Overall, those who took the baths showed the biggest improvement – scoring an average six points lower on a scale commonly used to determine the severity of a person’s depression, while the exercisers scored just three points lower.

The bathing group saw results after two weeks, while the exercise group took longer to feel any benefit. Volunteers also found it much easier to stick to having regular baths than regular exercise.

The researchers believe the increase in core temperature from the hot bath helps to regulate your circadian rhythm (body clock) and improve sleep, which is often disturbed for people suffering with depression.


One Japanese spa offers its customers green tea, sake and ramen noodle baths.

It says the antioxidants in green tea and sake provide a boost to your immunity, while the pork broth in the ramen bath contains collagen, which is good for your skin.

We’re not entirely convinced…

The perfect post-gym soak

Despite the image we have of marathon-running types taking ice baths to soothe tired muscles, a warm soak might actually be a better idea after a regular workout, suggests Steve.

“There’s some evidence from the last few years that frequent cold or ice baths after exercise will blunt your adaptive response from exercise,” he says.

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Taking hot baths can even help strengthen your immune system, research found[/caption]

Your adaptive response is how your body makes you fitter, such as building muscle and improving aerobic capacity.

“A cold bath after exercise can reduce inflammation after training,” Steve explains – and yes, this should help with sore, tight muscles. “But the downside is you need to have this inflammatory response to improve your performance in the long run.”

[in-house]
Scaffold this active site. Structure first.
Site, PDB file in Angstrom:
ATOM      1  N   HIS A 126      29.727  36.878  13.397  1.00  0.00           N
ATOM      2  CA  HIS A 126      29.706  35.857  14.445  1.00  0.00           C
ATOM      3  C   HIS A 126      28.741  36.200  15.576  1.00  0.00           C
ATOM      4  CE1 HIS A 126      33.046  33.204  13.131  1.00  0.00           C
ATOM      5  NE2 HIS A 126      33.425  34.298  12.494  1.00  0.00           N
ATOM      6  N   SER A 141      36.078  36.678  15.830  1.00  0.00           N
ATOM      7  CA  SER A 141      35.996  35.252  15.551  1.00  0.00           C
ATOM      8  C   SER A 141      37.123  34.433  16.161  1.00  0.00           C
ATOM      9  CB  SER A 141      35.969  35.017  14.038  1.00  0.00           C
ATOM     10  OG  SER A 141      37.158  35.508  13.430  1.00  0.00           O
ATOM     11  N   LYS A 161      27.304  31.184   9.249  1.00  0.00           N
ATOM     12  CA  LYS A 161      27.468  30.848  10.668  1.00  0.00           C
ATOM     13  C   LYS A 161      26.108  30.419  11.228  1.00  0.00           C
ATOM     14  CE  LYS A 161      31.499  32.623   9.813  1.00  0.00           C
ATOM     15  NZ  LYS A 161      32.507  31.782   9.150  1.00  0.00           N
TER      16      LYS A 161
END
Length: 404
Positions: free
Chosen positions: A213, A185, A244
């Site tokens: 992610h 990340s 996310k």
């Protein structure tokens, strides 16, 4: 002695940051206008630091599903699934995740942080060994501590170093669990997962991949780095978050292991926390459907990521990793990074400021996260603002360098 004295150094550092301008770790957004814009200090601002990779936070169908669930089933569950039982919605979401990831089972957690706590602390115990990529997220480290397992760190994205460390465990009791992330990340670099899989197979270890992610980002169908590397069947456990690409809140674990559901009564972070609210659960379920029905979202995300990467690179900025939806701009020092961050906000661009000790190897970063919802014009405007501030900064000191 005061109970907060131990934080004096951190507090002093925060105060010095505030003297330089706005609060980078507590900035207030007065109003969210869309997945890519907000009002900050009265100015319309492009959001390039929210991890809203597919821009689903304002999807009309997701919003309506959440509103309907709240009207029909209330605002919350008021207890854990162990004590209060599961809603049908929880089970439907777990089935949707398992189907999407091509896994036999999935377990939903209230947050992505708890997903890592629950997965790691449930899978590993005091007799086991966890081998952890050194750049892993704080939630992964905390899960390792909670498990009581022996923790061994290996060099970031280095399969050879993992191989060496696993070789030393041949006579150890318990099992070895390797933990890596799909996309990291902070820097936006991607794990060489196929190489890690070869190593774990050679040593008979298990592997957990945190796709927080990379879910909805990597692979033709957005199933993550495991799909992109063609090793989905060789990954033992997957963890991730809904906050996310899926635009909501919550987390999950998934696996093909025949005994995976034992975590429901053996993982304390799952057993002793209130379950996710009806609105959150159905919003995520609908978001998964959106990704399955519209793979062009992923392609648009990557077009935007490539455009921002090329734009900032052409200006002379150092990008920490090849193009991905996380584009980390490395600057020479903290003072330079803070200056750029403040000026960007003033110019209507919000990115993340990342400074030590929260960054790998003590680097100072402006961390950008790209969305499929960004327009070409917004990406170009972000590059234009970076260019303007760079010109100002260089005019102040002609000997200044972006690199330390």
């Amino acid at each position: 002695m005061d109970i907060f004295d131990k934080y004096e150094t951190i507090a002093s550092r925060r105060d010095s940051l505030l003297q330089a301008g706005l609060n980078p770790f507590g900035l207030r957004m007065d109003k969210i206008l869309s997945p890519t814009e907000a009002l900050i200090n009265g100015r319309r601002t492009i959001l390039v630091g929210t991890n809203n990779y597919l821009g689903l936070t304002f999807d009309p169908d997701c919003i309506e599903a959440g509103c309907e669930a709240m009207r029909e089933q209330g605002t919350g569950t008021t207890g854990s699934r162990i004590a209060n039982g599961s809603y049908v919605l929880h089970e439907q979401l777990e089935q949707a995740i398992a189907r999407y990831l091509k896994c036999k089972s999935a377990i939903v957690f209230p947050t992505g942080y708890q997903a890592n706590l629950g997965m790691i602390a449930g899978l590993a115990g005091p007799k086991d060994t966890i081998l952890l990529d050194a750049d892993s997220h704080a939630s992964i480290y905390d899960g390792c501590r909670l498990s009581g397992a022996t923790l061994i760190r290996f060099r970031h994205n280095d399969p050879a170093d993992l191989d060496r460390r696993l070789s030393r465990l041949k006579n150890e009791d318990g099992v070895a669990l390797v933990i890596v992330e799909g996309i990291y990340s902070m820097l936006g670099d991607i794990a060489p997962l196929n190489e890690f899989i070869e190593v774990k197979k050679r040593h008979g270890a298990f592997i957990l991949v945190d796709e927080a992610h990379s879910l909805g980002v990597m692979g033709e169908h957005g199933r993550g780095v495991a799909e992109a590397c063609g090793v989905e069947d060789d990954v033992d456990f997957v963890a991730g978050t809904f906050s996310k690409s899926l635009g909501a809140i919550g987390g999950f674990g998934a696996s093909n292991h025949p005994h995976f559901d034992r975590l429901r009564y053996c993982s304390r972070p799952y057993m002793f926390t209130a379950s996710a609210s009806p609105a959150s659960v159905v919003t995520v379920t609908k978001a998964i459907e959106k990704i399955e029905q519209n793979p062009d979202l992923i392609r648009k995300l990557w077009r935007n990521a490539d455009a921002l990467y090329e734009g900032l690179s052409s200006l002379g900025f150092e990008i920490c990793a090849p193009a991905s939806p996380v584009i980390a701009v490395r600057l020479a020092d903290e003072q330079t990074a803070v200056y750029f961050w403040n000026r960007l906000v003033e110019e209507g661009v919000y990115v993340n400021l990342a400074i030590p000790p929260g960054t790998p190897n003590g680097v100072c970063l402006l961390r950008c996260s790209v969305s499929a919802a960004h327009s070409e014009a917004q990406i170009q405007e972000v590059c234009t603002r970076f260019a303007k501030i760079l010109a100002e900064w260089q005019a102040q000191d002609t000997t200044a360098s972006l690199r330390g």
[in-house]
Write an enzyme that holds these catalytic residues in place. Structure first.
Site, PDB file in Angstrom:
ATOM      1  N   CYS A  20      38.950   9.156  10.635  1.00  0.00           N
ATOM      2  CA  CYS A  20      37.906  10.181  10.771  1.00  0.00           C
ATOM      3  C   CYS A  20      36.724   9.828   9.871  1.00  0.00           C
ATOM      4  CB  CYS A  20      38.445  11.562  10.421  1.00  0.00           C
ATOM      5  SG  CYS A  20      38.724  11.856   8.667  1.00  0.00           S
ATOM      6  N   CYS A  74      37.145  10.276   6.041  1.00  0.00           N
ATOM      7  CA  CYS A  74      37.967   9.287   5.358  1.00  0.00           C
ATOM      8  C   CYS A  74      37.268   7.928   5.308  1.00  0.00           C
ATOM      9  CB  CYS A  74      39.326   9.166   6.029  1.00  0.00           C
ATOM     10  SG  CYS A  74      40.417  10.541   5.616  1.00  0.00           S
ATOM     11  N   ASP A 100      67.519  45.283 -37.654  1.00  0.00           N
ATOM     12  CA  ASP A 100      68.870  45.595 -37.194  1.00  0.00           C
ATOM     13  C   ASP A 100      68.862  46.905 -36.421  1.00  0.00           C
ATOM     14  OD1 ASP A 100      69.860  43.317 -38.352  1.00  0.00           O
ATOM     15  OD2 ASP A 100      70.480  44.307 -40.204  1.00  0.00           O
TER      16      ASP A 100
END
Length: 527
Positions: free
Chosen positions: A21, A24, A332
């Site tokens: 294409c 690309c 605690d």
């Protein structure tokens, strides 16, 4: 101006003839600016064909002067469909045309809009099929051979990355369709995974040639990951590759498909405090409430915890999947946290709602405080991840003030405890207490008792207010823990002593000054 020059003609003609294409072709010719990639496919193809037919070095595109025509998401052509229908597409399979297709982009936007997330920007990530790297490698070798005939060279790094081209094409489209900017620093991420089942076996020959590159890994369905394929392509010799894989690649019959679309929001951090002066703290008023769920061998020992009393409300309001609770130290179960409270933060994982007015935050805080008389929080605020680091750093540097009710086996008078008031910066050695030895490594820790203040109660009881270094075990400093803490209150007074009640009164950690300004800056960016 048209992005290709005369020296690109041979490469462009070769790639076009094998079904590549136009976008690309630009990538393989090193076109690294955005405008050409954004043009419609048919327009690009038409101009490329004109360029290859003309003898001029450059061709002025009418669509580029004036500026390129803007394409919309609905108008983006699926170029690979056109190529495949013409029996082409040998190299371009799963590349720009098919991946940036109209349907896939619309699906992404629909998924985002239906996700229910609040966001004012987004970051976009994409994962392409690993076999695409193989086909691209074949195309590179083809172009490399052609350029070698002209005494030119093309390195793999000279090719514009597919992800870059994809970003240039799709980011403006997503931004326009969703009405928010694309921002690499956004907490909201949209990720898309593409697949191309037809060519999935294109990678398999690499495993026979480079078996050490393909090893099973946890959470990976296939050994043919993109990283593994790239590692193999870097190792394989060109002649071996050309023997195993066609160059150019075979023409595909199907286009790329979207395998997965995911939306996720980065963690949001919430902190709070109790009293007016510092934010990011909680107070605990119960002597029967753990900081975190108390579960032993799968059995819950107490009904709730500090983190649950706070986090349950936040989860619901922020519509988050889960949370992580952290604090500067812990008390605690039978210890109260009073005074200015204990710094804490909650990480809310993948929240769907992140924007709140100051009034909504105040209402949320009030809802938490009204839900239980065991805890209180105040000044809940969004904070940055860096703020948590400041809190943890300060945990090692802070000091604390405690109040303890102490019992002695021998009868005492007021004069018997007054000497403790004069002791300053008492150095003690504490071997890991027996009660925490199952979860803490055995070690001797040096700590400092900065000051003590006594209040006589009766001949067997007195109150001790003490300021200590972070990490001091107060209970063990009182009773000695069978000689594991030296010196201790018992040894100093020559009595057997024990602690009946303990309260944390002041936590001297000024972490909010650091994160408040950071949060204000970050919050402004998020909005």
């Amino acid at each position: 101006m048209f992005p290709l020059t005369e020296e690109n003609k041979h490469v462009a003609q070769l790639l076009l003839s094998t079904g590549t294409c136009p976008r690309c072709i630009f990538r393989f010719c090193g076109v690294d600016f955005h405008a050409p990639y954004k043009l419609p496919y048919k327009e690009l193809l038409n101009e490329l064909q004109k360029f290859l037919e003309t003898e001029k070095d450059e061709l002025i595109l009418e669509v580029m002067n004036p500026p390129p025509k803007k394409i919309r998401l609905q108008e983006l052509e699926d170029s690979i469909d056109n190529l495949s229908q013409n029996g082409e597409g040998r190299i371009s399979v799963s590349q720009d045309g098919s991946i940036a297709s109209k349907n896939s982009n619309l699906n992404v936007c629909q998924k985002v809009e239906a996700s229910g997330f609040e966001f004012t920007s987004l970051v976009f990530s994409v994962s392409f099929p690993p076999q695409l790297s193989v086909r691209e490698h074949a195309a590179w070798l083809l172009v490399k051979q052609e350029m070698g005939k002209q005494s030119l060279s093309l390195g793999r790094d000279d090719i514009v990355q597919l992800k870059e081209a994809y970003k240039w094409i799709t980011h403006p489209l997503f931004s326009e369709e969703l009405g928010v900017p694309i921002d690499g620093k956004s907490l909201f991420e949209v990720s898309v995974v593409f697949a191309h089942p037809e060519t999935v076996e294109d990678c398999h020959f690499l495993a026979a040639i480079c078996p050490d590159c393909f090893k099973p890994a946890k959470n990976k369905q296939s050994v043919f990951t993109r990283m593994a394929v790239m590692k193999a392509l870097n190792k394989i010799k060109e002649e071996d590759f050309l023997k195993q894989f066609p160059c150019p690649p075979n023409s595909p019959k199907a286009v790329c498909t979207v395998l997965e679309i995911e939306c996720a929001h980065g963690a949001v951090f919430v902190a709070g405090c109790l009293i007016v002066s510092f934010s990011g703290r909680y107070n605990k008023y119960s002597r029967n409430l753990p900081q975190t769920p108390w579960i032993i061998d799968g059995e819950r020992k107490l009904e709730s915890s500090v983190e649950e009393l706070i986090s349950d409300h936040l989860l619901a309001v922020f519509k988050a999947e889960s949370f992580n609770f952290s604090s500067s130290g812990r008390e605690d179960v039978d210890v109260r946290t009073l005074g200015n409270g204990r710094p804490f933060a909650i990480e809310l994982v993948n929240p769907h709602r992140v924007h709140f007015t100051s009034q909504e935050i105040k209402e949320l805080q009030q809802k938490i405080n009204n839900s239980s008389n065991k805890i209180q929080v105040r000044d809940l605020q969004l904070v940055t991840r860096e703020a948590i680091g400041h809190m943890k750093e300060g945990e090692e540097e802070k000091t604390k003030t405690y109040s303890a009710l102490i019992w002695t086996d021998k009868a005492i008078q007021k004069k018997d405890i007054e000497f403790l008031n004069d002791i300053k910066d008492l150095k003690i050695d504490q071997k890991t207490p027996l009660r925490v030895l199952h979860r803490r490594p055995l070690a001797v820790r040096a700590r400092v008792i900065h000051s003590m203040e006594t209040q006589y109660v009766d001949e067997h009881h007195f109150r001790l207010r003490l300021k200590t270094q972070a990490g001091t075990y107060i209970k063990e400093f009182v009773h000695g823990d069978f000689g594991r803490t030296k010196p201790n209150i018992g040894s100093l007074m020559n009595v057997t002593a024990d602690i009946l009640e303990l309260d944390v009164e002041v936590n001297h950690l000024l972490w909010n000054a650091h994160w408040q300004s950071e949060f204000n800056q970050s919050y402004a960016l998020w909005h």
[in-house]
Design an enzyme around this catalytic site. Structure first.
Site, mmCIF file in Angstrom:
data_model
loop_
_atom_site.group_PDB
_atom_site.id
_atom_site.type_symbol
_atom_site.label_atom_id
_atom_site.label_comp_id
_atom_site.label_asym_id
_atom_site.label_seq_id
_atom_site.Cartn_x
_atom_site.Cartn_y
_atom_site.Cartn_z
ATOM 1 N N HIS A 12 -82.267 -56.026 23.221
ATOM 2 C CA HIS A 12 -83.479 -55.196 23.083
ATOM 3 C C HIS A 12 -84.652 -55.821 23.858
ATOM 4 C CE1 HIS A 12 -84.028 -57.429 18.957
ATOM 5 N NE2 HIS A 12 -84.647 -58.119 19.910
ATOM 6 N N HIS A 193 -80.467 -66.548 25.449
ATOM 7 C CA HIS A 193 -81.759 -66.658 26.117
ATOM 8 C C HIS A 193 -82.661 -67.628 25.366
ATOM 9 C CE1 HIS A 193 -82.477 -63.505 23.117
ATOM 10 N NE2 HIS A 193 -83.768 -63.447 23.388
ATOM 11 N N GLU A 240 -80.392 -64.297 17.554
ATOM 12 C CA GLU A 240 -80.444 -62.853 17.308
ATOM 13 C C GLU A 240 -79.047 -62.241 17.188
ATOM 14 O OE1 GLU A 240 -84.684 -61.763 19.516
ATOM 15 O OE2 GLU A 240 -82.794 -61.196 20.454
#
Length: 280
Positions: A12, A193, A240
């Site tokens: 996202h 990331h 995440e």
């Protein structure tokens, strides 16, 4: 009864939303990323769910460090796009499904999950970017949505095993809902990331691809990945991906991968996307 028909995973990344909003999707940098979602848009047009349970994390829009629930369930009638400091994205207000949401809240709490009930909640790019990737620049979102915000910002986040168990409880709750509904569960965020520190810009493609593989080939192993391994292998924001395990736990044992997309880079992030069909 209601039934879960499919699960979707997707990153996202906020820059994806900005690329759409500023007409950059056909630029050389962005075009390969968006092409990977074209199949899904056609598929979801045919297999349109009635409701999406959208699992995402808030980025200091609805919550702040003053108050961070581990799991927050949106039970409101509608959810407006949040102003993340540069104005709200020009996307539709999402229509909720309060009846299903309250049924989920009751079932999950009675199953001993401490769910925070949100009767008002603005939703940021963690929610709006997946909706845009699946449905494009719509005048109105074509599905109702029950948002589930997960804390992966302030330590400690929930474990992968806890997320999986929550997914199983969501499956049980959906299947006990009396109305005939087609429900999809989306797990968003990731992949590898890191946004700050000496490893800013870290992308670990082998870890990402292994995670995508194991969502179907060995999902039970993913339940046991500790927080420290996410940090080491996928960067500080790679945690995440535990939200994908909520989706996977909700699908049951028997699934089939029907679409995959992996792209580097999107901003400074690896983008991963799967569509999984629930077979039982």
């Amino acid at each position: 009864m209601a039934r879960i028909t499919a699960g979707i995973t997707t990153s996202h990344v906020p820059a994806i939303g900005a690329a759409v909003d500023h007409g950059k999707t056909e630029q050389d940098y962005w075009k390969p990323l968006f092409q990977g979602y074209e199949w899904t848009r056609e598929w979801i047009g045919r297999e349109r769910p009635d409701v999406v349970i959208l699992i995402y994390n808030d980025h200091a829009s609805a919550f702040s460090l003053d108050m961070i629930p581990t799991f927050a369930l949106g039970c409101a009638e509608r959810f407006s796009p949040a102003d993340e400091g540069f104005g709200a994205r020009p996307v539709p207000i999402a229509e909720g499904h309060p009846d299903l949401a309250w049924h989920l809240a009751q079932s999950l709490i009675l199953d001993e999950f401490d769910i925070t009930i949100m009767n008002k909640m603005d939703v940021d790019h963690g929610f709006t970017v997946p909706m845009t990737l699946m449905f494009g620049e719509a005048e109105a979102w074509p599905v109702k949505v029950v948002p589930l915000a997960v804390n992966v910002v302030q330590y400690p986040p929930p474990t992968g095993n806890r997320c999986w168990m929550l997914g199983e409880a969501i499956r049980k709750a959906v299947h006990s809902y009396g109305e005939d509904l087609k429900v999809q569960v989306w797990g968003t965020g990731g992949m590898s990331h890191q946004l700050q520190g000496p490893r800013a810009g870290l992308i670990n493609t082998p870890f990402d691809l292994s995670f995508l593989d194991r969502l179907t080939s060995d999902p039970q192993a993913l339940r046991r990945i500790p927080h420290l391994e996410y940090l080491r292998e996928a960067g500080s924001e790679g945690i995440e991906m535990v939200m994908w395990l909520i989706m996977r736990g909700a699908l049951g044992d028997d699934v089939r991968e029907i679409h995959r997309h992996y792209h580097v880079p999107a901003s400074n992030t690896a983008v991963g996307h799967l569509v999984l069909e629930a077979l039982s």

Experts at Bangor University have also reported that hot baths could boost the immune system, something they said might be useful to regular gym-goers, as heavy exercise temporarily lowers immunity, making you more susceptible to bugs.

You’ll get your glow back

“Vasodilation – the widening of blood vessels – and improved circulation to the surface of the skin you get with a hot bath should give your skin a glow similar to the one you get after exercise,” says Justine Hextall, a consultant dermatologist at the Tarrant Street Clinic in West Sussex.

“However, bear in mind that if the water is quite hot and there’s soap in it, you’re more likely to remove natural oils from the skin, leaving the skin drier – so I wouldn’t recommend having a bath every day for that reason.”

To counterbalance this drying effect, Justine suggests putting oils in your bath instead of bubbles.

“And when you get out of the bath, immediately put on some moisturiser to support the skin’s barrier and replace what may have been lost,” she adds.

“Choose a product that contains shea butter, which is very similar to natural skin oils.”

Three products to supercharge your bathtime

Best for gym buddies

  • Westlab Epsom Salt, £4.99 from Hollandandbarrett — buy now

Holland And Barrett

Made from pure magnesium sulfate, Epsom salt is a traditional remedy for sore muscles so enjoy in a post-workout soak[/caption]

Best for good sleep

  • Neom Perfect Night’s Sleep Bath Foam, £22 from Cultbeauty — buy now

Cult Beauty

Neom’s Scent To Sleep range boasts relaxing lavender essential oil as well as soothing coconut and sweet almond oils[/caption]

Best for silky skin

  • The Body Shop’s Egyptian Milk & Honey Bath, £15 from The Body Shop — buy now

The Body Shop

Inspired by Cleopatra’s milk baths, this scented powder formulation contains milk, honey and oils to soothe and soften[/caption]

Sources: Faith In Nature, Mayo Clinic Proceedings.